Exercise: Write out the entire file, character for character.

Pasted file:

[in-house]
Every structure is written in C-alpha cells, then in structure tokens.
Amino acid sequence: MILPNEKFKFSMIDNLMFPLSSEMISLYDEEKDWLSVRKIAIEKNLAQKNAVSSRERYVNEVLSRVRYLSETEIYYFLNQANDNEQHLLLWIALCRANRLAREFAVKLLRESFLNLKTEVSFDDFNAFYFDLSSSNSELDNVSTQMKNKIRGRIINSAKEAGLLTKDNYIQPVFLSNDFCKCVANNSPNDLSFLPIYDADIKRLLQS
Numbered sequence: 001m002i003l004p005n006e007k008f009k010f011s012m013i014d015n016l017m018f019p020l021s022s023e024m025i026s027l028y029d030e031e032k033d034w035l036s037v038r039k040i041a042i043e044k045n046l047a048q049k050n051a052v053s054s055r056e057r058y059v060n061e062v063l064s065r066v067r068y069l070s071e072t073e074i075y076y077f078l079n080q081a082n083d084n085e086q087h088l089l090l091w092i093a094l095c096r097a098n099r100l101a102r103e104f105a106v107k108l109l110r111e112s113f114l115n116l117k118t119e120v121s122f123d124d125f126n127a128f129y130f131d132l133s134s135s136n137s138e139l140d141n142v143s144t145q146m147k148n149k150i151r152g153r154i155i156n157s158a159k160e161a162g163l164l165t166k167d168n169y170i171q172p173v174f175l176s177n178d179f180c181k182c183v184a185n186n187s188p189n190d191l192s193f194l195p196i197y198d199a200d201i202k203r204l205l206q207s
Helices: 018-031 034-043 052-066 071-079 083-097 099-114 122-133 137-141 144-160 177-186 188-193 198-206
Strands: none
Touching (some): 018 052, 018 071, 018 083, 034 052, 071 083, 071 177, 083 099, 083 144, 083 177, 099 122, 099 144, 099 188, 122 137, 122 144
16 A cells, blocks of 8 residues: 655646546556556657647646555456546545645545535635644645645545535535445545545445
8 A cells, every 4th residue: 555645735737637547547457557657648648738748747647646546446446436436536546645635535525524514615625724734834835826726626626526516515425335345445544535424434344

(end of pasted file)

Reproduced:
[in-house]
Every structure is written in C-alpha cells, then in structure tokens.
Amino acid sequence: MILPNEKFKFSMIDNLMFPLSSEMISLYDEEKDWLSVRKIAIEKNLAQKNAVSSRERYVNEVLSRVRYLSETEIYYFLNQANDNEQHLLLWIALCRANRLAREFAVKLLRESFLNLKTEVSFDDFNAFYFDLSSSNSELDNVSTQMKNKIRGRIINSAKEAGLLTKDNYIQPVFLSNDFCKCVANNSPNDLSFLPIYDADIKRLLQS
Numbered sequence: 001m002i003l004p005n006e007k008f009k010f011s012m013i014d015n016l017m018f019p020l021s022s023e024m025i026s027l028y029d030e031e032k033d034w035l036s037v038r039k040i041a042i043e044k045n046l047a048q049k050n051a052v053s054s055r056e057r058y059v060n061e062v063l064s065r066v067r068y069l070s071e072t073e074i075y076y077f078l079n080q081a082n083d084n085e086q087h088l089l090l091w092i093a094l095c096r097a098n099r100l101a102r103e104f105a106v107k108l109l110r111e112s113f114l115n116l117k118t119e120v121s122f123d124d125f126n127a128f129y130f131d132l133s134s135s136n137s138e139l140d141n142v143s144t145q146m147k148n149k150i151r152g153r154i155i156n157s158a159k160e161a162g163l164l165t166k167d168n169y170i171q172p173v174f175l176s177n178d179f180c181k182c183v184a185n186n187s188p189n190d191l192s193f194l195p196i197y198d199a200d201i202k203r204l205l206q207s
Helices: 018-031 034-043 052-066 071-079 083-097 099-114 122-133 137-141 144-160 177-186 188-193 198-206
Strands: none
Touching (some): 018 052, 018 071, 018 083, 034 052, 071 083, 071 177, 083 099, 083 144, 083 177, 099 122, 099 144, 099 188, 122 137, 122 144
16 A cells, blocks of 8 residues: 655646546556556657647646555456546545645545535635644645645545535535445545545445
8 A cells, every 4th residue: 555645735737637547547457557657648648738748747647646546446446436436536546645635535525524514615625724734834835826726626626526516515425335345445544535424434344